“The next three to five years will be a difficult transitional period for China’s foreign trade industry,” he says.

Part of the reason for that is because China’s focus these days is less on exports and more on building the domestic consumption market.

One example of this is the falling volumes at the biannual China Import and Export Fair, also known as the Canton Fair, China’s largest trade fair and a barometer of foreign trade since it began in 1957.

Last month, the organisers of the Canton Fair reported the lowest export volume since 2009 as the event concluded in Guangzhou in southern Guangdong Province.

The fair spokesman Liu Jianjun told the Xinhua news agency export volume dropped by 3 per cent from the last autumn session of the fair to 194.61 billion yuan (Dh117.32bn), and was down 10.9 per cent from the figure reported at the fair’s spring session earlier this year.

“The decrease from both the spring and last autumn sessions indicated that the world economic recovery remains on an uncertain and unstable course, which continues to challenge the stability and development of China’s foreign trade,” Mr Liu says.

Shen Nanpeng, the founding managing partner of Sequioa Capital China, says in a posting on the Sina website that China’s home products industry has experienced rapid growth in the past 10 years.

However, in the past two years, especially last year, there were huge challenges facing the sector, due in part to controls on the property industry.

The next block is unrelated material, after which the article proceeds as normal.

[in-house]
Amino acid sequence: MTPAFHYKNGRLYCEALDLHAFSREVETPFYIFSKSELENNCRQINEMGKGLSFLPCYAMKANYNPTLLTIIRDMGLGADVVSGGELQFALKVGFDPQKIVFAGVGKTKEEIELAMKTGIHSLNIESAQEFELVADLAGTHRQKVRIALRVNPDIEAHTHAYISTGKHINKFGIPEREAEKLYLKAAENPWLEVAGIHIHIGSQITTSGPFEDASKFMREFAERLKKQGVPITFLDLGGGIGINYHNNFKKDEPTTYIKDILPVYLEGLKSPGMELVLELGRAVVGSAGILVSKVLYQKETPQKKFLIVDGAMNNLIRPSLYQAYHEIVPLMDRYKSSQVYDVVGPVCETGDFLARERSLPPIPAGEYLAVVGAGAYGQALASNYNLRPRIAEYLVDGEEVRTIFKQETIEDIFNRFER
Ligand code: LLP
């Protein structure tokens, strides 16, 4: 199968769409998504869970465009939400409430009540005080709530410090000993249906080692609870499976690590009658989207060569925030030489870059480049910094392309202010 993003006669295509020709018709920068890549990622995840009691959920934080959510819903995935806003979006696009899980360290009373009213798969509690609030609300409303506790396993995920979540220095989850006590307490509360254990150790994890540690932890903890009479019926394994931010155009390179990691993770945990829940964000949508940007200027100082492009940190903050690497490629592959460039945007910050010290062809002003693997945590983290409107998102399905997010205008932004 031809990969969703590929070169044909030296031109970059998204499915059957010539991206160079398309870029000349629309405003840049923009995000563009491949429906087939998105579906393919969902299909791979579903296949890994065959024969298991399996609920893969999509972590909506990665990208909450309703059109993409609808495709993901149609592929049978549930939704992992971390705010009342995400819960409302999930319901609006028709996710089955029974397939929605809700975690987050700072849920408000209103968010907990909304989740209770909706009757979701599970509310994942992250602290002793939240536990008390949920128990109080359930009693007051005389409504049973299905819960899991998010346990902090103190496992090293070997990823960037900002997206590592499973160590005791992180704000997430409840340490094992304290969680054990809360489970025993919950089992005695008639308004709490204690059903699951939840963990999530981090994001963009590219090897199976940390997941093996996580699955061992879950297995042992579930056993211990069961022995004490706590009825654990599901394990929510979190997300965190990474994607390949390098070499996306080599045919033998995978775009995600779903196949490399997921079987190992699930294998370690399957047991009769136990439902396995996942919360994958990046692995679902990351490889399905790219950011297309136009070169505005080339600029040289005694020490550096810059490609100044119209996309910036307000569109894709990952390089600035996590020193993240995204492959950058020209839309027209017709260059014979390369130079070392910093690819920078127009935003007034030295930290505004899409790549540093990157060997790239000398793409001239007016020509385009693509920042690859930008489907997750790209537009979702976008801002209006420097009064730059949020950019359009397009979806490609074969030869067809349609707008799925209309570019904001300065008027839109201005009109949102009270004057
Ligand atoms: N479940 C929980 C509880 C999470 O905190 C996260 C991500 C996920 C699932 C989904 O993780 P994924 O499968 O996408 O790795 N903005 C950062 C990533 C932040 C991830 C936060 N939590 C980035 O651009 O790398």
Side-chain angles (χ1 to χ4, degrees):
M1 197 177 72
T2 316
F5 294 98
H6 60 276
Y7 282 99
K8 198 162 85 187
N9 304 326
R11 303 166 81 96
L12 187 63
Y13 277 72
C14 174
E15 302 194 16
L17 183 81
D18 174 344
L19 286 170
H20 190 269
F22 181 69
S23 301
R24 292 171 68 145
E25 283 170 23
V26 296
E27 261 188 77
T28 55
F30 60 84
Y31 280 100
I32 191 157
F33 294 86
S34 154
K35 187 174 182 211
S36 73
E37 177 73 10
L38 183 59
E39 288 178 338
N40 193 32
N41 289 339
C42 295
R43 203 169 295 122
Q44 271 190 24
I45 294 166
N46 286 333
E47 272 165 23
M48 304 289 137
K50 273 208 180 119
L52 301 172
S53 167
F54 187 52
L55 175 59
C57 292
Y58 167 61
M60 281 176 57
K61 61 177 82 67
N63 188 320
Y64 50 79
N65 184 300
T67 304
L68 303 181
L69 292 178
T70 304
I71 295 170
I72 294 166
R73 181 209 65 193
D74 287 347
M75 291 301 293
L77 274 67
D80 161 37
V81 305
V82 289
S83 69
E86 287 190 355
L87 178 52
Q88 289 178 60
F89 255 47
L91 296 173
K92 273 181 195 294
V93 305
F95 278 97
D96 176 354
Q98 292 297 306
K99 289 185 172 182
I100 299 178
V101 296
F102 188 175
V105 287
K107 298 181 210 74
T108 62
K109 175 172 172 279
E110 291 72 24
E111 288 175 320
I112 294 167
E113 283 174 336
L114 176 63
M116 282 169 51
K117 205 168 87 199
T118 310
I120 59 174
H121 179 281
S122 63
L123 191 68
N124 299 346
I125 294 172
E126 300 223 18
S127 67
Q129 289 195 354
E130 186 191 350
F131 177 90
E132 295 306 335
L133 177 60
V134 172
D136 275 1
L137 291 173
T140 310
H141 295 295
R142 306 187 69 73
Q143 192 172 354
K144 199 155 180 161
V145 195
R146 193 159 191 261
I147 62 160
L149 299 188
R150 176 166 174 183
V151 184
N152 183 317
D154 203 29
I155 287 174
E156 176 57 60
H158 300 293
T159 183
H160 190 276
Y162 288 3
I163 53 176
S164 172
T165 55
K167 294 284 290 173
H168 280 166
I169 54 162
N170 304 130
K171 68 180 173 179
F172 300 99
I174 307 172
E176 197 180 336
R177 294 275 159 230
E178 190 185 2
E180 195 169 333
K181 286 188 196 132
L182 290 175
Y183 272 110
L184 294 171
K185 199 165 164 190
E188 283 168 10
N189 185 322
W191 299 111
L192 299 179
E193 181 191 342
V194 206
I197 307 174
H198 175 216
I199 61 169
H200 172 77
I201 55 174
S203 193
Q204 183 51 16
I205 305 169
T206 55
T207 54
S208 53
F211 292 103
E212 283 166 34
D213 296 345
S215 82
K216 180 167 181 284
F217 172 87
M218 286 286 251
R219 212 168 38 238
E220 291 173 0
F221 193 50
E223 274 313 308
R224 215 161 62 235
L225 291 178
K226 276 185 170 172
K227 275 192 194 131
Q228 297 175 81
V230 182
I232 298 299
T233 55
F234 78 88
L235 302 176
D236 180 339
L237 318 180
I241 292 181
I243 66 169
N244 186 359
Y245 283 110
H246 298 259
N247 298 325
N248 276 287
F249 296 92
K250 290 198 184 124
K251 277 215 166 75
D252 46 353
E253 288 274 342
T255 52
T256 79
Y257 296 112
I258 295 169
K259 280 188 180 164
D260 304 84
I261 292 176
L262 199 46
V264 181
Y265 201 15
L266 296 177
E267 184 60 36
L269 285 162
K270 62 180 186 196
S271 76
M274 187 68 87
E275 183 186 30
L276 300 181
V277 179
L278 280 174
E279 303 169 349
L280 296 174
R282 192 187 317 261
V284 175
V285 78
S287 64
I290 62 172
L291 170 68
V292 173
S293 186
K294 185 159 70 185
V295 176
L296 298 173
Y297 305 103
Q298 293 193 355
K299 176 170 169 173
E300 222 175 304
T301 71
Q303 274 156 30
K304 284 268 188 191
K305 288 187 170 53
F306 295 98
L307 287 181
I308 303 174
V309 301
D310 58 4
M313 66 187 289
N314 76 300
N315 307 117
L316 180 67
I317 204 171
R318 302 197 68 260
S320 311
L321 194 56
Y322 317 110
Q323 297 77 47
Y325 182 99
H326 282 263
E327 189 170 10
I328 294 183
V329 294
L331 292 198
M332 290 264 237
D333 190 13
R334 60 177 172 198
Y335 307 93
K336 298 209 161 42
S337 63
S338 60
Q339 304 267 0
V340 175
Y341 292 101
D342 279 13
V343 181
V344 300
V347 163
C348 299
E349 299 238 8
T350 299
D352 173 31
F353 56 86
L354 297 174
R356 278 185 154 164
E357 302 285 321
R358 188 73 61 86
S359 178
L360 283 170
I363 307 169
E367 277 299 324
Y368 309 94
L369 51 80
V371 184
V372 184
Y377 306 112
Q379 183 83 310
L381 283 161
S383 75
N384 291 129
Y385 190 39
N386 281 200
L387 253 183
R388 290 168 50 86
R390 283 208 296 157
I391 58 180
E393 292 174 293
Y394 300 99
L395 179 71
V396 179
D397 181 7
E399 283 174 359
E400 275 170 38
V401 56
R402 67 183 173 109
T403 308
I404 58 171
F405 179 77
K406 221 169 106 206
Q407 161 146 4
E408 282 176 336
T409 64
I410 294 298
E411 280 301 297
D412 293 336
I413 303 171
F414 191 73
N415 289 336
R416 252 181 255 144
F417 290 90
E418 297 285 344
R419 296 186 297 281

Mr Shen says he expects the industry to optimise in the near future after some consolidation and with the end of the country’s property bubble.

A major boon to the home products manufacturing sector is expected from the recent launch of the Shanghai Pilot Free Trade Zone (FTZ), as it will bring improved logistics and better business opportunities to areas such as Yiwu in Zhejiang province, which is home to the world’s largest trading market for small commodities and where manufacturers have been hit by rising costs and dwindling overseas demand from importers and wholesalers.

The FTZ should create more opportunities for small and medium enterprises in Yiwu to export more goods more easily in the coming years. In addition, many manufacturers are banking on burgeoning online sales both at home and abroad.

Last month, new export orders declined somewhat but employment costs and output prices were also down and analysts believe the world’s second-largest economy may be seeing slightly softer growth.

The broader picture remains upbeat, however, and new orders are rising. The Chinese economy is widely expected to top the government target of 7.5 per cent for the full year and this would give a boost to home products manufacturing and exports.

Mr Pillai said China still suffered from a misperception that Chinese products are poor quality.

“China has the ability to produce goods of various quality at a range of price points,” he said.

“Many times the end user pays a high price for a product, which was specifically requested to be supplied at a lower price by the buying house or intermediary. Obviously, the lower price will have an impact on the quality.

“China has access to premium technology and investment capability ensures the use of best machines to produce high quality products,” he said.

“At the end of the day it is up to the customer what quality is requested for.”